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JSF delay will compromise the defence of Australia.

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Senator Chris Evans Labor Senator for Western Australia Shadow Minister for Defence

29 April 2004


Reports of growing uncertainty about the Joint Strike Fighter project in the United States have serious implications for the Defence of Australia.

The problems being experienced in the US could have serious flow-on implications for Australia’s $16 billion investment in the JSF project.

The JSF project is reportedly losing support in the US Congress due to a 15% budget blow-out, uncertainty about the delivery date, and because the planes are 680 kilograms overweight in the initial design stage.

These problems mean that Australia could face a serious capability gap in air power because of the Howard Government’s decision to retire the F111s in 2010.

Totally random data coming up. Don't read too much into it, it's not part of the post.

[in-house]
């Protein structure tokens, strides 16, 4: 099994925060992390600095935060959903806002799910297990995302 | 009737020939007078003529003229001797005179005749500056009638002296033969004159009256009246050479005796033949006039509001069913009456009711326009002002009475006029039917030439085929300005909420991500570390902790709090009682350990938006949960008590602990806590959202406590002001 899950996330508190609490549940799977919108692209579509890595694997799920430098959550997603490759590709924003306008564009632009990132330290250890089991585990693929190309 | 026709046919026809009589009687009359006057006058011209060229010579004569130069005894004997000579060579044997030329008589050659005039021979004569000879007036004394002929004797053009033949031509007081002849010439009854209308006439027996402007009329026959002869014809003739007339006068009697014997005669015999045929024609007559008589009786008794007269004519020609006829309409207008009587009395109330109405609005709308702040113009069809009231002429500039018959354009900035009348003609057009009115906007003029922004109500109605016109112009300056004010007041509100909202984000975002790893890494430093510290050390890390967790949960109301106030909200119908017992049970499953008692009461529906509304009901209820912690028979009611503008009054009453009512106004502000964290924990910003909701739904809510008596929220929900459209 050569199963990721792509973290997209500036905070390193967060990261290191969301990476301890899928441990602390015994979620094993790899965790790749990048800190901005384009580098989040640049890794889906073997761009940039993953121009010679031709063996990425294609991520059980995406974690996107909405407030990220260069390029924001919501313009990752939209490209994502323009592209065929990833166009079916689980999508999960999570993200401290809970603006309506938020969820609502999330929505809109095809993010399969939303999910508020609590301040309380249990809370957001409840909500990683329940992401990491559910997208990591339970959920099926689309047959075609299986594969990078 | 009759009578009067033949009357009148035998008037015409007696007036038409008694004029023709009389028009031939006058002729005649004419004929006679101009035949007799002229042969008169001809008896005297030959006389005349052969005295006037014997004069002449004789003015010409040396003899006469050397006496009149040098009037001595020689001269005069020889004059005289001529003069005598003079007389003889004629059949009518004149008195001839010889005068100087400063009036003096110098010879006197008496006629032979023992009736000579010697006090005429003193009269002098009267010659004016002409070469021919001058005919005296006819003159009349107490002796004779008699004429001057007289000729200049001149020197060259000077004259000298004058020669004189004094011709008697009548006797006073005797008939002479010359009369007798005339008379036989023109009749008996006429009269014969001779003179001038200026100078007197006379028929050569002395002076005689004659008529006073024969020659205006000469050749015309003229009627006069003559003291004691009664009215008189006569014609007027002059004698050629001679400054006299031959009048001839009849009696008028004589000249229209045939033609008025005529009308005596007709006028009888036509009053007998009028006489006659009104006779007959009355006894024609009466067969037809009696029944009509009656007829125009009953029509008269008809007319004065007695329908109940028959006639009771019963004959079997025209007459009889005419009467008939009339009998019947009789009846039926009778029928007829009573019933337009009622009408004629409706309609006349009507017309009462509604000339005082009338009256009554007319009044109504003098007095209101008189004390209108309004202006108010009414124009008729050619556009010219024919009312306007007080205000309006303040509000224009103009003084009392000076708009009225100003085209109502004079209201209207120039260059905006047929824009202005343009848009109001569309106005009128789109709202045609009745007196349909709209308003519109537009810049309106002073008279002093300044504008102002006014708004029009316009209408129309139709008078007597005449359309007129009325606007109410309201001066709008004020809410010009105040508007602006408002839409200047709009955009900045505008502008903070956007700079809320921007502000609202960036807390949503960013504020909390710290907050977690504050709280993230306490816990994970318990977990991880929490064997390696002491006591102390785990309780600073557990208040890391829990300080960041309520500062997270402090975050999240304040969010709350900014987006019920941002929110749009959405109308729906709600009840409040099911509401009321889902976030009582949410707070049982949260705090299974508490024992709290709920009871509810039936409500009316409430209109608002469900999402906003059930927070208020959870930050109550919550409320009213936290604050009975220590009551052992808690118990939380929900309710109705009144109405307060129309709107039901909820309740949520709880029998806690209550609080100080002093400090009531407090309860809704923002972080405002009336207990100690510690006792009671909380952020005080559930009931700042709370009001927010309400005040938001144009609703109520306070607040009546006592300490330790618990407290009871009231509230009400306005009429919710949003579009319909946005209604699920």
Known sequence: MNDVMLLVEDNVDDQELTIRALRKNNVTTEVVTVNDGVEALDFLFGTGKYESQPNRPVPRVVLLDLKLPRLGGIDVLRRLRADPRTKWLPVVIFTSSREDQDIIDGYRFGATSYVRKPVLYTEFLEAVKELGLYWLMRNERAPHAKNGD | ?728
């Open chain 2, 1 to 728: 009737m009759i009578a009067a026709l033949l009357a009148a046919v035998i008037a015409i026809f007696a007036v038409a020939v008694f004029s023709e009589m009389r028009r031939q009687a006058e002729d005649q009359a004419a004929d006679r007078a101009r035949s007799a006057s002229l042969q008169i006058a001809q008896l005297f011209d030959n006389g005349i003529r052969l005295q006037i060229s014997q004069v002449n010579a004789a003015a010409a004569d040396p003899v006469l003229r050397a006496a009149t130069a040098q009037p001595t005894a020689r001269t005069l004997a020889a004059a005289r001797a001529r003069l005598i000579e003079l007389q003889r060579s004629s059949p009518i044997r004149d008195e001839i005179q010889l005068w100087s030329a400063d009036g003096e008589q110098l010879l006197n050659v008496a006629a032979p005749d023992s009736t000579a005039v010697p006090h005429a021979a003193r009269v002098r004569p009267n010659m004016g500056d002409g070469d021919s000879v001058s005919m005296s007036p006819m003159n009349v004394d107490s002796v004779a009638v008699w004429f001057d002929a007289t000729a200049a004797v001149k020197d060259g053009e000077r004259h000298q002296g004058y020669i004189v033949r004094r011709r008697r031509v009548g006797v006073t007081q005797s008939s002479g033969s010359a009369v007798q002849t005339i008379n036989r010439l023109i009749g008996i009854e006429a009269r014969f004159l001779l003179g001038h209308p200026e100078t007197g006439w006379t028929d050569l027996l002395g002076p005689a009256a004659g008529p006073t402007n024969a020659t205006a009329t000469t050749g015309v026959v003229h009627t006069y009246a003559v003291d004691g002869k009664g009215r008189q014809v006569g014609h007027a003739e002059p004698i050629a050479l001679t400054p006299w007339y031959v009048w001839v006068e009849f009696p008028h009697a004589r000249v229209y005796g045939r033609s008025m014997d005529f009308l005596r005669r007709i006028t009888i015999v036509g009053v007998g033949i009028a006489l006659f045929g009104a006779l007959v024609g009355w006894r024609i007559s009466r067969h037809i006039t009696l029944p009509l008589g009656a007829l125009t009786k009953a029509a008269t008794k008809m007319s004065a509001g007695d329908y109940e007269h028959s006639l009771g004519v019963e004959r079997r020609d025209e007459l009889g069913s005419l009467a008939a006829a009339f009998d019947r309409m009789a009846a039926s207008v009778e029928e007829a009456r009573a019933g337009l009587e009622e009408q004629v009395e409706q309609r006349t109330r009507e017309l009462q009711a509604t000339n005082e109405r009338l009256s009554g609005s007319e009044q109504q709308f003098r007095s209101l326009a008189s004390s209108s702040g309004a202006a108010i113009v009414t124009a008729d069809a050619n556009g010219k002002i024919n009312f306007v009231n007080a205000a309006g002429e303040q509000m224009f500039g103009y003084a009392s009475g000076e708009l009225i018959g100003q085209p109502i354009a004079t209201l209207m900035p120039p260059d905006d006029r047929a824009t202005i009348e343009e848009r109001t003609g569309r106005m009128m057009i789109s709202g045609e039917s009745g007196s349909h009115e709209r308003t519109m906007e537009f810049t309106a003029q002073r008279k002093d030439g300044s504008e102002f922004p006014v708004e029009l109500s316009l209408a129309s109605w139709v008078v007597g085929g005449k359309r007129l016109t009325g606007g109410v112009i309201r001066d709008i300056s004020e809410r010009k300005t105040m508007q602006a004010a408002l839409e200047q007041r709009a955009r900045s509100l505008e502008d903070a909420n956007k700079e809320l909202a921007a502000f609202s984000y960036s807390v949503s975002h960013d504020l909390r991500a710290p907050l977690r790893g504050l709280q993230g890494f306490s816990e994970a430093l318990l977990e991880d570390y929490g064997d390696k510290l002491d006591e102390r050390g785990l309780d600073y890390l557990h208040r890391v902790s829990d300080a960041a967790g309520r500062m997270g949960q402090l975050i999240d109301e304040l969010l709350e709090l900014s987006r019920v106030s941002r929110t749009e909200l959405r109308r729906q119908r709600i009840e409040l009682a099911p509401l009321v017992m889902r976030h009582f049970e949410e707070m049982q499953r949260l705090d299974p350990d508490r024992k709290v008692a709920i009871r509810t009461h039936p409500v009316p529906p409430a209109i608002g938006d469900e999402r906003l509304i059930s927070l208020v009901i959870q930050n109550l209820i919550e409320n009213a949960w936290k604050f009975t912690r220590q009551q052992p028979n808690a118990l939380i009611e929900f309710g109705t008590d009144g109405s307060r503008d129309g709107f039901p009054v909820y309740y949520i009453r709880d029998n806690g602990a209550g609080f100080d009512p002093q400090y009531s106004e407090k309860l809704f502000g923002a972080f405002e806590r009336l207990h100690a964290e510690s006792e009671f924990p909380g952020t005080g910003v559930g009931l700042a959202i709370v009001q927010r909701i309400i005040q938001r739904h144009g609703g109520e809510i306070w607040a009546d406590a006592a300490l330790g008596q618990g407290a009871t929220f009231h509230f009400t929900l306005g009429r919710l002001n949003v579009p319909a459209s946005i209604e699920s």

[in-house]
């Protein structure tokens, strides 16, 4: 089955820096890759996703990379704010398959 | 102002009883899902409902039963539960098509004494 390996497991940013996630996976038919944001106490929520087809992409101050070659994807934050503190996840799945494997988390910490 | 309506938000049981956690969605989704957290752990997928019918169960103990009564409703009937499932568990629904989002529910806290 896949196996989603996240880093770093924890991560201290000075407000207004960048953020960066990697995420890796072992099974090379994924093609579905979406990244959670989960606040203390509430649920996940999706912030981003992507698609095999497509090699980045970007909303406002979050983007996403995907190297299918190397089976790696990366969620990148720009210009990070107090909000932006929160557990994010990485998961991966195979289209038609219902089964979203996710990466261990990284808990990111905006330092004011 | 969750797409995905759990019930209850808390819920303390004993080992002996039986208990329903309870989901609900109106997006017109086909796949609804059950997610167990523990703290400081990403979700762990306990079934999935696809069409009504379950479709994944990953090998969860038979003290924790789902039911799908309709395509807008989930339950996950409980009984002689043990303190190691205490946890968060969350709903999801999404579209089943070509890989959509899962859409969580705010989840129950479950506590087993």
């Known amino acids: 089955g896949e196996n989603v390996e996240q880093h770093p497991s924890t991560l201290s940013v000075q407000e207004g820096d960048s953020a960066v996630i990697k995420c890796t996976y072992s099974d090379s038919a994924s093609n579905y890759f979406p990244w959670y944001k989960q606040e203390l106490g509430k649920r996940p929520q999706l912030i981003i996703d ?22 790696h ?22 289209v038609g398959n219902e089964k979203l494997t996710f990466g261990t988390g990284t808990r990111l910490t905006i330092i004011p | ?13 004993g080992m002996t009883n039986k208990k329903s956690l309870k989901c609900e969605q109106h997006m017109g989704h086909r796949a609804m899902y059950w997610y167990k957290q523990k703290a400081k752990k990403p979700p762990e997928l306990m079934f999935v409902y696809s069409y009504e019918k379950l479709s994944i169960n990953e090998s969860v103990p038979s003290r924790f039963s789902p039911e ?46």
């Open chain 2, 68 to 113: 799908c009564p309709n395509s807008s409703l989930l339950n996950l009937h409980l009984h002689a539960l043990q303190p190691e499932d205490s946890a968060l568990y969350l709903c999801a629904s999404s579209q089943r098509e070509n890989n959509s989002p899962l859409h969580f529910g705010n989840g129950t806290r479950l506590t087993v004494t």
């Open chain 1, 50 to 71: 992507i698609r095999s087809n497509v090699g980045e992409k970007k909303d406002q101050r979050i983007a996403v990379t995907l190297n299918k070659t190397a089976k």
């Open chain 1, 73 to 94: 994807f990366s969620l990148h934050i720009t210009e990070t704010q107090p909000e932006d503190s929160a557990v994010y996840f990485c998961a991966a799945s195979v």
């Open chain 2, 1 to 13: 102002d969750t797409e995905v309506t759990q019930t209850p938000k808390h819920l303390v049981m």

That decision was only necessary because of the Government’s inability to control budget pressures in Defence.

If problems with the JSF project continue, and the delivery of other key air capabilities is delayed, the F111 retirement decision could prove to be premature, as it will expose Australia’s lack of air defence after 2010.

Now that the decision to retire the F111s has been taken, it would be very difficult to get these aircraft back in the air if they are required to fill an air capability void after 2010.

John Howard went to the US in 2002 and agreed to buy the JSF, the largest acquisition project in our history, without a proper tender or evaluation process.

The Australian Strategic Policy Institute recently found that Air Force does not have adequate contingency arrangements should problems be experienced with the delivery of the JSF.

For comment: Chris Evans 0419 983 593 Mathew Stephenson 0408 577 617